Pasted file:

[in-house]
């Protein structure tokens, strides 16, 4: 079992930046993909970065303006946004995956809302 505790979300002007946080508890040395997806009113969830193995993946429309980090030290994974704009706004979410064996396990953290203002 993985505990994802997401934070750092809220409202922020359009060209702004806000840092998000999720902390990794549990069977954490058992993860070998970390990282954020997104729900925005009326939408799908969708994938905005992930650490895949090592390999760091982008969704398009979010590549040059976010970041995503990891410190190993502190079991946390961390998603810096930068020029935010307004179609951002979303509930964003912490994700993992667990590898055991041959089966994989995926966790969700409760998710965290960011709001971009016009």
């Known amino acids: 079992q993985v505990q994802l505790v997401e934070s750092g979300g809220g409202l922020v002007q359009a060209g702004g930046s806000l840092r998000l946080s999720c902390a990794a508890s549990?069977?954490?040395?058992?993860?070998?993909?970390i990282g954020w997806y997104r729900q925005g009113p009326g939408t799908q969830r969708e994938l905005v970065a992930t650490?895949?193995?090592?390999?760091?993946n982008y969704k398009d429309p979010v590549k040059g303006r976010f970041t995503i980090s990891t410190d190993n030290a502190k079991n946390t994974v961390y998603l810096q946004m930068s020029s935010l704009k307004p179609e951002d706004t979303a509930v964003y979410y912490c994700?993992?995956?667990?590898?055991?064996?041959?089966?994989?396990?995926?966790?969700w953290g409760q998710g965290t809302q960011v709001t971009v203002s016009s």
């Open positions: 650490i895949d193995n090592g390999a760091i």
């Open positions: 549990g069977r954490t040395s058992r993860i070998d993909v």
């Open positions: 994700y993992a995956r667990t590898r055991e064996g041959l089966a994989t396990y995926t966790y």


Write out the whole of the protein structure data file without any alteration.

[in-house]
């Protein structure tokens, strides 16, 4: 079992930046993909970065303006946004995956809302 505790979300002007946080508890040395997806009113969830193995993946429309980090030290994974704009706004979410064996396990953290203002 993985505990994802997401934070750092809220409202922020359009060209702004806000840092998000999720902390990794549990069977954490058992993860070998970390990282954020997104729900925005009326939408799908969708994938905005992930650490895949090592390999760091982008969704398009979010590549040059976010970041995503990891410190190993502190079991946390961390998603810096930068020029935010307004179609951002979303509930964003912490994700993992667990590898055991041959089966994989995926966790969700409760998710965290960011709001971009016009």
């Known amino acids: 079992q993985v505990q994802l505790v997401e934070s750092g979300g809220g409202l922020v002007q359009a060209g702004g930046s806000l840092r998000l946080s999720c902390a990794a508890s549990?069977?954490?040395?058992?993860?070998?993909?970390i990282g954020w997806y997104r729900q925005g009113p009326g939408t799908q969830r969708e994938l905005v970065a992930t650490?895949?193995?090592?390999?760091?993946n982008y969704k398009d429309p979010v590549k040059g303006r976010f970041t995503i980090s990891t410190d190993n030290a502190k079991n946390t994974v961390y998603l810096q946004m930068s020029s935010l704009k307004p179609e951002d706004t979303a509930v964003y979410y912490c994700?993992?995956?667990?590898?055991?064996?041959?089966?994989?396990?995926?966790?969700w953290g409760q998710g965290t809302q960011v709001t971009v203002s016009s």
């Open positions: 650490i895949d193995n090592g390999a760091i």
């Open positions: 549990g069977r954490t040395s058992r993860i070998d993909v």
């Open positions: 994700y993992a995956r667990t590898r055991e064996g041959l089966a994989t396990y995926t966790y």